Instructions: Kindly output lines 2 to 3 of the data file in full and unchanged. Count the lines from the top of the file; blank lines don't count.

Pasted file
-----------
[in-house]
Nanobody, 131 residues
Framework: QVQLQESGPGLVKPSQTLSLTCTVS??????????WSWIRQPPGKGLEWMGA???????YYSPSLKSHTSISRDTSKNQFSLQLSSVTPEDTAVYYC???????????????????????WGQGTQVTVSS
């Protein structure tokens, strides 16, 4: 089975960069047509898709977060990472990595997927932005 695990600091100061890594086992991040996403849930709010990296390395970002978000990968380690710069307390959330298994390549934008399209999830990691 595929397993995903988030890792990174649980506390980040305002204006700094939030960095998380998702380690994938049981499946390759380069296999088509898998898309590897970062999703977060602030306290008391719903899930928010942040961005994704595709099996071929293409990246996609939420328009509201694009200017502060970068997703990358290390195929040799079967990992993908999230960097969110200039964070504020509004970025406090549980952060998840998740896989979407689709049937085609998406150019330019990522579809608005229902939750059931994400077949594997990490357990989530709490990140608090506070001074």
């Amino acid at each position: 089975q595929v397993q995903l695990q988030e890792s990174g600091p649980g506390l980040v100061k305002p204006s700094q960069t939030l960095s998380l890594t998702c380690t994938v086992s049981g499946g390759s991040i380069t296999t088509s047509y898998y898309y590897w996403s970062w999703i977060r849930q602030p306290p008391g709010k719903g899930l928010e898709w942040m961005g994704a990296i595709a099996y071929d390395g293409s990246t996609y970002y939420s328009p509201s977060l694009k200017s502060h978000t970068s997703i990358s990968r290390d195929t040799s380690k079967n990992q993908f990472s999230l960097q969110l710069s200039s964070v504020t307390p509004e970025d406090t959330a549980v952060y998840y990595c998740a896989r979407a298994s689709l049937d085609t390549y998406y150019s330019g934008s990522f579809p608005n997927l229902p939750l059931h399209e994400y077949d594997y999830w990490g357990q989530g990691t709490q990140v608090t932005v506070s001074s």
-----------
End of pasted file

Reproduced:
Nanobody, 131 residues
Framework: QVQLQESGPGLVKPSQTLSLTCTVS??????????WSWIRQPPGKGLEWMGA???????YYSPSLKSHTSISRDTSKNQFSLQLSSVTPEDTAVYYC???????????????????????WGQGTQVTVSS